8. Another study showing that some diets work for some, and not for others. How many of those are out there now? A number of posts ago, you mentioned how great the atkins diet is. I personally think the atkins diet is the worst/inefficient diet out there, especially for athletes. But, who am I to say that because the diet works for some people.

    Some people prefer certain diets over others. I personally stopped eating meat, and increased fruits/veggies, lost weight, and feel great. Others who are just as physically fit (I am a triathlete) have much higher protein diets, and eat meat – that works for them.

    I think there is a combination of a well balanced diet, and “what works for you”. That is the only “study” one needs to conduct.

    Ryan Denner wrote on January 18th, 2008
  9. Brian – I don’t think eating properly is solely, or even primarily, a cognitive process. We are animals, after all, and animals in their natural state follow tend to follow two patterns – maintaining a constant weight, or late summer/fall weight gain followed by hibernation and winter/early spring weight loss. It is only humans and domesticated animals (who are dependent on humans for food) who get fat and stay fat. It’s us with our big brains who get fat.

    It’s the stuff that is usually served with the meat at a barbecue joint that causes weight gain – sugary sauces, cornbread, white flour rolls, coleslaw loaded with sugar, pecan or squash or sweet potato pies, starchy succotash … If you eat just the meat and the collard greens, you can stay thin and healthy on barbecue.

    I don’t meant to suggest that there are not cognitive/psychological factors to eating. I have known for over five years that I was healthier and slimmer on a diet very similar to the one Mark suggests, but there was a period of three years when I simply could not psych myself up to give up all the junk I thought I loved. I simply suggest that, if you make the psychological effort to eat a high protein, controlled-carbohydrate diet for just one or two weeks, suddenly the psychological factors melt away. Conversely, you can use all the psychological tricks you want – smaller plates, serving food in the kitchen rather than family style, avoiding distractions while eating – and not be truly healthy if you continue to eat the same kinds of foods you were eating before.

    Migraineur wrote on January 18th, 2008
  10. Ryan – you say you lost “weight.” Do you know if it was muscle or fat? Have you ever had your body mass composition measured? Just curious.

    Migraineur wrote on January 18th, 2008
  11. But Ryan, then what of the psychological fun and moral superiority that is reached when one ‘knows’ the ‘right’ way and seeks to tell others who have succeeded in other ways that they are wrong?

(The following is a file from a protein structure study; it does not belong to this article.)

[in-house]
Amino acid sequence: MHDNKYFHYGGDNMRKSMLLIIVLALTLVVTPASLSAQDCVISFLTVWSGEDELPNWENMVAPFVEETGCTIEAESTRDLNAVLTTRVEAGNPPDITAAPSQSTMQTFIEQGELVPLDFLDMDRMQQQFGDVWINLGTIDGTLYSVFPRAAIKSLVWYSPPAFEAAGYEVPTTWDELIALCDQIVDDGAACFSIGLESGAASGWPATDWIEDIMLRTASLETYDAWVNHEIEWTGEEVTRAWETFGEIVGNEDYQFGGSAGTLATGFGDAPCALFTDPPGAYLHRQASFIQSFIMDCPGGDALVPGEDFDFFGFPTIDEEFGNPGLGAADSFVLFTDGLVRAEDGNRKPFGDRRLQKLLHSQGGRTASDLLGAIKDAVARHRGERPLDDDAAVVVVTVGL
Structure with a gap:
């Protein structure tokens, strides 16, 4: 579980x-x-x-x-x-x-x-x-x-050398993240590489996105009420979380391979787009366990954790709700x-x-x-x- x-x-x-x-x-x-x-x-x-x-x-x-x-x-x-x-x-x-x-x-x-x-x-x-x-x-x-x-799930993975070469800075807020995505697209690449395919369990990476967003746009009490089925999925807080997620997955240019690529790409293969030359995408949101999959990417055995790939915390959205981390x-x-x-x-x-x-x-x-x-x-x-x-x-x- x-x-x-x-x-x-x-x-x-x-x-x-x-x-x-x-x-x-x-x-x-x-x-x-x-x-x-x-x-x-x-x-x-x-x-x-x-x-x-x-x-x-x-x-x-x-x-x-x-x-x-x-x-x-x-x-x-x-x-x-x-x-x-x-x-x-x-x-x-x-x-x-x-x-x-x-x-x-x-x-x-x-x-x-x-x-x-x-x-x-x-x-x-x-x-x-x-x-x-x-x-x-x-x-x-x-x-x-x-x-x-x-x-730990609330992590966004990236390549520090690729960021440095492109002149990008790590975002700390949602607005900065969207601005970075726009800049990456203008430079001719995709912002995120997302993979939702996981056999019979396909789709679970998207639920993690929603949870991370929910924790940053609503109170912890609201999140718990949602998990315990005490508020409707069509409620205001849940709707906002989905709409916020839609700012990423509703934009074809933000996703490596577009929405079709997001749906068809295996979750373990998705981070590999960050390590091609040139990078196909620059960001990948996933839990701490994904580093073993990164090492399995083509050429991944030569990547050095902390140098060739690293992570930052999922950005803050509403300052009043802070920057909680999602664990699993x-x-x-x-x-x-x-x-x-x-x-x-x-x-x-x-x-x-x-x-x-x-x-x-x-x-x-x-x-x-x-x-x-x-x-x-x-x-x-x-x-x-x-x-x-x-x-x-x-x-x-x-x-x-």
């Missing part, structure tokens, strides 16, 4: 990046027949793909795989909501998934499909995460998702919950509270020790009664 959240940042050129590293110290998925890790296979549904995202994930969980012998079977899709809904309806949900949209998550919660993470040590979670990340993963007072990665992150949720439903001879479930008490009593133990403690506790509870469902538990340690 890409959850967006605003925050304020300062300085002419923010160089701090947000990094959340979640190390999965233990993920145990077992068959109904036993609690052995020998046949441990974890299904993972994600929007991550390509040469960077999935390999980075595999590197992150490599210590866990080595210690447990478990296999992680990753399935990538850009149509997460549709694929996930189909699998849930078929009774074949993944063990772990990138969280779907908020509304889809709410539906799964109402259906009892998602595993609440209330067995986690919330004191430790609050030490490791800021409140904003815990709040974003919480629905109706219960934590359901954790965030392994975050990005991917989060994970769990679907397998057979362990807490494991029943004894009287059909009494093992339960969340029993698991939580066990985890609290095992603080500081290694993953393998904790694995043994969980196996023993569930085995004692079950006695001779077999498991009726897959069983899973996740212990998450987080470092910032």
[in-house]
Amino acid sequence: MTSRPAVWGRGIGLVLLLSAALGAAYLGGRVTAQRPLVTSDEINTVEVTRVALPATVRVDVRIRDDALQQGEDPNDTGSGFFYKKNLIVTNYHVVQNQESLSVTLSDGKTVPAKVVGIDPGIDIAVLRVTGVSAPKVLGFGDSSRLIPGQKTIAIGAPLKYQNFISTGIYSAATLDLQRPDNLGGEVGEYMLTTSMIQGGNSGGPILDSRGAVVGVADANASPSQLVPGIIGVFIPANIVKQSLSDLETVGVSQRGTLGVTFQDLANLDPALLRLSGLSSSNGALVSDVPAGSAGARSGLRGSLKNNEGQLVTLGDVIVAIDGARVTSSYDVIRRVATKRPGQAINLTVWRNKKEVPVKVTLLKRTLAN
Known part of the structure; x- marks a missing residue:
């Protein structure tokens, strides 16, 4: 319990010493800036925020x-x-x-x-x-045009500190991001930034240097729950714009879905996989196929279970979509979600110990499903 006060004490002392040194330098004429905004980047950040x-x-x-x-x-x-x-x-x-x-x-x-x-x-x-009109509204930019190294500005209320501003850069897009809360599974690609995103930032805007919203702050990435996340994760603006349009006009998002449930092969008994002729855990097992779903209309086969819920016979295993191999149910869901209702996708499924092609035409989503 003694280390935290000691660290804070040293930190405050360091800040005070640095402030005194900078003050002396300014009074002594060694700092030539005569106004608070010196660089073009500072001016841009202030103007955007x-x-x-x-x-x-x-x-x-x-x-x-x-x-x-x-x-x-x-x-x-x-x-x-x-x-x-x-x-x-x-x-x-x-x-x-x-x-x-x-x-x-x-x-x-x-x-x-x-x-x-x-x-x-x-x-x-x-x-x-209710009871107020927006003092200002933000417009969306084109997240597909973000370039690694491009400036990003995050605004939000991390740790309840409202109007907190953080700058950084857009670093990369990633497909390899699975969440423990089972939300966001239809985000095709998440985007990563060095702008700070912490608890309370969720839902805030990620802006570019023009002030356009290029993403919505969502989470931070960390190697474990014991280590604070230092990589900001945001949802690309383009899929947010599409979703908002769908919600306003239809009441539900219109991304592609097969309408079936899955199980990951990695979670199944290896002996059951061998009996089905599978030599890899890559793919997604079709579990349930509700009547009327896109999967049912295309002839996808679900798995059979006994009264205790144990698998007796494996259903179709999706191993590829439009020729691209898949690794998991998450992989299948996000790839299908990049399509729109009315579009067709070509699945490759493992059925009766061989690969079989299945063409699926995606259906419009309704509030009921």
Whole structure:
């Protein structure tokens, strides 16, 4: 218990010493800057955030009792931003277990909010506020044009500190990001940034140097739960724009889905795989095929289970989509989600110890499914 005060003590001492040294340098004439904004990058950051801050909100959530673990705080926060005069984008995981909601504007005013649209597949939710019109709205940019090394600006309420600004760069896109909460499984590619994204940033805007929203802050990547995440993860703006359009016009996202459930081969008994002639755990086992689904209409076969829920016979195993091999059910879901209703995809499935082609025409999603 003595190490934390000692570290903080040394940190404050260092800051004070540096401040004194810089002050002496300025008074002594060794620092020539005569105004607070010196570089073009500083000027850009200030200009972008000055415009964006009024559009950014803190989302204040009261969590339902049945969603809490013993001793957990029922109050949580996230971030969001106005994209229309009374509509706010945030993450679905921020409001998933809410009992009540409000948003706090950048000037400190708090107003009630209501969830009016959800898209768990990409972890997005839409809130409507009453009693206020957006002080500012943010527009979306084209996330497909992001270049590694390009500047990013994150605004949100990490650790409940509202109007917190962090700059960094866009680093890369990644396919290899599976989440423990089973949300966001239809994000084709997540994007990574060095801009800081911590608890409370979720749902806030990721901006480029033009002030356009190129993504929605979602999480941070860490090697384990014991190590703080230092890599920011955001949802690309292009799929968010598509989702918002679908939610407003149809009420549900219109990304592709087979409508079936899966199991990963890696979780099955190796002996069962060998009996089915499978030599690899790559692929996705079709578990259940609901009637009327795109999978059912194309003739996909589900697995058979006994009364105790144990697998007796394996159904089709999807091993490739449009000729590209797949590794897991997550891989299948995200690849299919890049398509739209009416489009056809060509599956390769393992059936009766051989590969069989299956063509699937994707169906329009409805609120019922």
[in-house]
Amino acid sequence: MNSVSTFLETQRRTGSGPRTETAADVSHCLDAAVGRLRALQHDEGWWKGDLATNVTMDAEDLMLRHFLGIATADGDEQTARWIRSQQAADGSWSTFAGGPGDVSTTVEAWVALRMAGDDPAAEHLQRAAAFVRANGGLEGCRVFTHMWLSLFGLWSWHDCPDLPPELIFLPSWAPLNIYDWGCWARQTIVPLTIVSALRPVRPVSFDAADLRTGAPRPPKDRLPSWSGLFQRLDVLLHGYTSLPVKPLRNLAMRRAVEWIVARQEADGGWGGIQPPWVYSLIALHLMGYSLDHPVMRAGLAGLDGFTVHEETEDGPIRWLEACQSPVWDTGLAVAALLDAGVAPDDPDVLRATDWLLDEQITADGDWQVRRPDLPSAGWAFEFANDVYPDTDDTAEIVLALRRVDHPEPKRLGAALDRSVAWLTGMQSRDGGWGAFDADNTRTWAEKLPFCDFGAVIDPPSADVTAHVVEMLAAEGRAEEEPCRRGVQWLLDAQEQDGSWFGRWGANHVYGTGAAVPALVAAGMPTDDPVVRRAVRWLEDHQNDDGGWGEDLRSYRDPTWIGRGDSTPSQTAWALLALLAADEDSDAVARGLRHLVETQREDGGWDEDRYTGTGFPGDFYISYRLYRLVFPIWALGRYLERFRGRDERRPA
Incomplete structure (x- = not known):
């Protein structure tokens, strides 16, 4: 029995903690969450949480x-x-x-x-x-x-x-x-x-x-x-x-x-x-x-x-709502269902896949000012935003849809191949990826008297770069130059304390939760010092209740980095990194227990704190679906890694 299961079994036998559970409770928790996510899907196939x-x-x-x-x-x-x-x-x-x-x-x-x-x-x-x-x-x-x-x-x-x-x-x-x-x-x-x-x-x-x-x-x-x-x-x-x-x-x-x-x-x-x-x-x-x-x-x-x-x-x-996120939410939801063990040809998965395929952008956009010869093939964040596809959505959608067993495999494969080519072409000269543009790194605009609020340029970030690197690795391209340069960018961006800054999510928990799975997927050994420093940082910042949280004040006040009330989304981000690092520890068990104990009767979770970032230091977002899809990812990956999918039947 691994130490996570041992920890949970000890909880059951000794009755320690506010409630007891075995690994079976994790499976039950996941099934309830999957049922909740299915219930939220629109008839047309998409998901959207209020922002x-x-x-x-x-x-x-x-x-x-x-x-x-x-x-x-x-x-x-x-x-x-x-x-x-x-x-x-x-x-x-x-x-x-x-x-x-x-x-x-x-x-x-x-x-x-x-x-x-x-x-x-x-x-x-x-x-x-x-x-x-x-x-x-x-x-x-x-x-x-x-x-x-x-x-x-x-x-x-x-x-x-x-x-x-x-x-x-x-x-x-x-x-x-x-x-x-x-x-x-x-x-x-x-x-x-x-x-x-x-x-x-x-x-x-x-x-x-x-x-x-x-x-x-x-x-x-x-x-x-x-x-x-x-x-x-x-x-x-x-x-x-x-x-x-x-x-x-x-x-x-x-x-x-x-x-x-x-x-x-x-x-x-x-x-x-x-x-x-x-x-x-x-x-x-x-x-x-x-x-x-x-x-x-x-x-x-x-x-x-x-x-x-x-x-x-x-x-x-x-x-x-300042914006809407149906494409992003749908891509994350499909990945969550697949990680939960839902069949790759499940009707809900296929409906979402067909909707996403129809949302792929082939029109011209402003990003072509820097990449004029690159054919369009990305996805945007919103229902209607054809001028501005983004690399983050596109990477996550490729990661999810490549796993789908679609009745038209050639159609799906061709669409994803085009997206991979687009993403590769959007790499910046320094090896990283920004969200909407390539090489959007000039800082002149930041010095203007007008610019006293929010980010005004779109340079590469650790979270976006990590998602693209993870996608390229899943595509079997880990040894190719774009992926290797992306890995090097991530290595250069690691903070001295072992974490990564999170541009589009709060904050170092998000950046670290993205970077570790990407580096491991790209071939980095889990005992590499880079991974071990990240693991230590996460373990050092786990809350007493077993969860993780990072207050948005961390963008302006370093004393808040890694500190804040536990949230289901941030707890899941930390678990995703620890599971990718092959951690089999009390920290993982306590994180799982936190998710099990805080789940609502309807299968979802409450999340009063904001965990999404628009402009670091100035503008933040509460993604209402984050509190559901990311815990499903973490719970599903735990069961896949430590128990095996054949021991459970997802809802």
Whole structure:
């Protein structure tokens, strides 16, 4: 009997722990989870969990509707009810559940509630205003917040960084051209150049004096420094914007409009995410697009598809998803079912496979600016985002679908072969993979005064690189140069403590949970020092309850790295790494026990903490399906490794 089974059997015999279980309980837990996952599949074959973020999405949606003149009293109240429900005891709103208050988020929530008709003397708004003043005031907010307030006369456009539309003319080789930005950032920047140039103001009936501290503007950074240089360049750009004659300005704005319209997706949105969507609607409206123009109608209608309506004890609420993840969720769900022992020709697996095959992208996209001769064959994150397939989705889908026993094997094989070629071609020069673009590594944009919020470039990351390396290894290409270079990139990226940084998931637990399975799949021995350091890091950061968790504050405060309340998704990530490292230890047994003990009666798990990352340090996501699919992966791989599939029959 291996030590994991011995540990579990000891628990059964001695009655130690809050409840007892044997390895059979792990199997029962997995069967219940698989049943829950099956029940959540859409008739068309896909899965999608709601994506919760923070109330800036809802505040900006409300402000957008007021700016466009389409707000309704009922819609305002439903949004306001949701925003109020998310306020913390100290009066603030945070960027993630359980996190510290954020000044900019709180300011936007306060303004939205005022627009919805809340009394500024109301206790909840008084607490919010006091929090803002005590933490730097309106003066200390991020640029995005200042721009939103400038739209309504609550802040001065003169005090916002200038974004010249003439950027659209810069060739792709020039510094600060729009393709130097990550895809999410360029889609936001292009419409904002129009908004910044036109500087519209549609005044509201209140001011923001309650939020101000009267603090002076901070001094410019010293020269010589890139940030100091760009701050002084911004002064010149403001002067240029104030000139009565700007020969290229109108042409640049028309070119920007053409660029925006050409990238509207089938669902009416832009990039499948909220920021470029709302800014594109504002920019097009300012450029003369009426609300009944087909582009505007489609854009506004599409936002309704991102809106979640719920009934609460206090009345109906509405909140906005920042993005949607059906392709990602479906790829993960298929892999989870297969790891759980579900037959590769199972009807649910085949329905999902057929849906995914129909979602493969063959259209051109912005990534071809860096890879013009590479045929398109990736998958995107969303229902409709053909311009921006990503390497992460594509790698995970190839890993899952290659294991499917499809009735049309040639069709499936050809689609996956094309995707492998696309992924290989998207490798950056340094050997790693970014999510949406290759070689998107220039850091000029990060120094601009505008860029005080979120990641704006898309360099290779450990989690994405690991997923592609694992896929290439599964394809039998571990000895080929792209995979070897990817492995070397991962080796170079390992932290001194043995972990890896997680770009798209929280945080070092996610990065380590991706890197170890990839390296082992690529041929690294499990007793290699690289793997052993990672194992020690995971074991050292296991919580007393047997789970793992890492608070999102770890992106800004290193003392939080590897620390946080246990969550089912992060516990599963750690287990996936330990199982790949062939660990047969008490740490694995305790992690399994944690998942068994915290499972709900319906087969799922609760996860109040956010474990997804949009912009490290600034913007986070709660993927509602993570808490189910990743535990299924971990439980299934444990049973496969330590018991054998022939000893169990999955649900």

But Migraineur, is it not my mind that decides what and when to eat. I doubt any of us using our computers to read this are in a state of foraging in the forest for food when our bellies feel hungry. When I use my intellect to tell myself giving into a craving will not be a good thing, the craving passes. When I use my mind to fixate on really wanting it anyway, guess what’s going to happen? Never has my hand involuntarily grabbed something and put it to my mouth in a strictly biological need to have sustenance. It is always proceeded by a thought and the mind can be trained what action to take with that thought. I can crave a Pepsi, but if I move on and decide that it’s not going to be good for me to do so, the craving passes.

    Brian A wrote on January 18th, 2008
  12. Well, my mind can read Jane Brody’s column in the New York Times and decide to eat a low-fat high-carbohydrate, calorie-controlled diet (which is what my mind did for many years). But because that diet fails to meet my body’s daily protein needs and because it causes insulin to spike and blood sugar to plummet, my body is going to continue to cry for further nourishment, leading me to want to eat more. If my mind continues to decide that low-fat, calorie-controlled diets are a good thing, I can refuse to eat more. But I can only do that for so long before I begin to incur hunger pangs or get the low-blood sugar shakes. Ever get the low-blood sugar shakes, Brian? That’s your body telling your mind that your mind doesn’t know what’s best, and if you’ve ever experienced them, you know that your need to eat something, anything, whatever is at hand is so intense that it is almost as if your hand leaps out and grabs the food without thinking. You can’t get around the body’s demands for nourishment by thinking them away.

    Migraineur wrote on January 18th, 2008
  13. You’re right; mis-informed psychology can never work. I also meant being correctly knowledgeable when I preceeded my comments with ‘Eating properly’. How many years did it take you to cognitively realize that what you were doing wasn’t working or wasn’t good for you?

    Even though it is claimed that humans must be meat-eaters, I have not eaten meat in 18-months and have apparently violated all evolutionary pangs by never having a biological craving for it. I have lost much fat, gained muscle mass, and overall feel much better than I did before. I have changed nothing else about what I eat because I always ate a lot of fruits and vegetables and whole food sources of carbs. I simply replaced some of those vegies with higher protein sources. I also go through about a liter of EVOO every couple weeks, paying no attention to how much fat, protein, or carbs make up my diet; eating more if I’ve lost muscle mass; eating less when I want to lose fat. None of this is ‘naturally’ known by my body, but learned through years of reading and experimenting with myself.

    Basically, what I mean to say is that there are many paths to follow and when you find one that works for you, go for it. But don’t sit around claiming that every other human should follow your path or they are wrong, even if it’s working for them.

    Brian A wrote on January 18th, 2008